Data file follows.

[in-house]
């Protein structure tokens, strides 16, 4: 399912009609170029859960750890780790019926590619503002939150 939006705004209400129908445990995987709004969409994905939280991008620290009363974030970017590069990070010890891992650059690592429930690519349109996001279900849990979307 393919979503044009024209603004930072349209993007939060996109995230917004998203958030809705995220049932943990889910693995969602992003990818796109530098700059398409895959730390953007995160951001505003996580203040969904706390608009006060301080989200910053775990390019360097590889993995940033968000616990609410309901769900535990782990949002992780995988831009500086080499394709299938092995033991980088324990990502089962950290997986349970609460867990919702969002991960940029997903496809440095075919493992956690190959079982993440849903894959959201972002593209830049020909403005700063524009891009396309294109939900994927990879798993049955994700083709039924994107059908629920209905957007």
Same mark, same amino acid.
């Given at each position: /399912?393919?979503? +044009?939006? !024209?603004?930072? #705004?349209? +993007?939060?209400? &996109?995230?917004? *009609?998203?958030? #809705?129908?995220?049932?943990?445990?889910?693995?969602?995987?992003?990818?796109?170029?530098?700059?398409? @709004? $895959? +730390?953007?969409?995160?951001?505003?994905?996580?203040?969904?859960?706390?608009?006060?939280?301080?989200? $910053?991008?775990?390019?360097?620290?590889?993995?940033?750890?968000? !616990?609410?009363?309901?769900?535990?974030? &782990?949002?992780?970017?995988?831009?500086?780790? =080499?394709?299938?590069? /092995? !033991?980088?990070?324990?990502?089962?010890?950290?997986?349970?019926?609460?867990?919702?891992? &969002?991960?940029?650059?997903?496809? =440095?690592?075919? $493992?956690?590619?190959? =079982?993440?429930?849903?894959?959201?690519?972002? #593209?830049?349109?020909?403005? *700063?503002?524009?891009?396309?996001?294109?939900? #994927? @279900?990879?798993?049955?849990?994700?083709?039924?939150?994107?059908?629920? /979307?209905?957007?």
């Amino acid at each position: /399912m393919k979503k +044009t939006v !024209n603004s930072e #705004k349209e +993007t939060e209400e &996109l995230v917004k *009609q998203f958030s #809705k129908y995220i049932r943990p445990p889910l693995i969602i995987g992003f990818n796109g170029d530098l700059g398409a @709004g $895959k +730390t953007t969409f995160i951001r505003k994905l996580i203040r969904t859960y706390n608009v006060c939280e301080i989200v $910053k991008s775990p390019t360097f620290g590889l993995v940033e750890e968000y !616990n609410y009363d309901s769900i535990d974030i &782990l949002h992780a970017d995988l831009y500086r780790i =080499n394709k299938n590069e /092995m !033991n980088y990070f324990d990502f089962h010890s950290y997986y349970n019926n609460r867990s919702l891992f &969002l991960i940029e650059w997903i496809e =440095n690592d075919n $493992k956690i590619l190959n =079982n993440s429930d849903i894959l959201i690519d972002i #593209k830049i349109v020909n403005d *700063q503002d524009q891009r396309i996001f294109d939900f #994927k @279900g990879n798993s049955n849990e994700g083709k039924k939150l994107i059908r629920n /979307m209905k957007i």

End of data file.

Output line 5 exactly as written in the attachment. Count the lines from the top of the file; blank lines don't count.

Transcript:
């Amino acid at each position: /399912m393919k979503k +044009t939006v !024209n603004s930072e #705004k349209e +993007t939060e209400e &996109l995230v917004k *009609q998203f958030s #809705k129908y995220i049932r943990p445990p889910l693995i969602i995987g992003f990818n796109g170029d530098l700059g398409a @709004g $895959k +730390t953007t969409f995160i951001r505003k994905l996580i203040r969904t859960y706390n608009v006060c939280e301080i989200v $910053k991008s775990p390019t360097f620290g590889l993995v940033e750890e968000y !616990n609410y009363d309901s769900i535990d974030i &782990l949002h992780a970017d995988l831009y500086r780790i =080499n394709k299938n590069e /092995m !033991n980088y990070f324990d990502f089962h010890s950290y997986y349970n019926n609460r867990s919702l891992f &969002l991960i940029e650059w997903i496809e =440095n690592d075919n $493992k956690i590619l190959n =079982n993440s429930d849903i894959l959201i690519d972002i #593209k830049i349109v020909n403005d *700063q503002d524009q891009r396309i996001f294109d939900f #994927k @279900g990879n798993s049955n849990e994700g083709k039924k939150l994107i059908r629920n /979307m209905k957007i």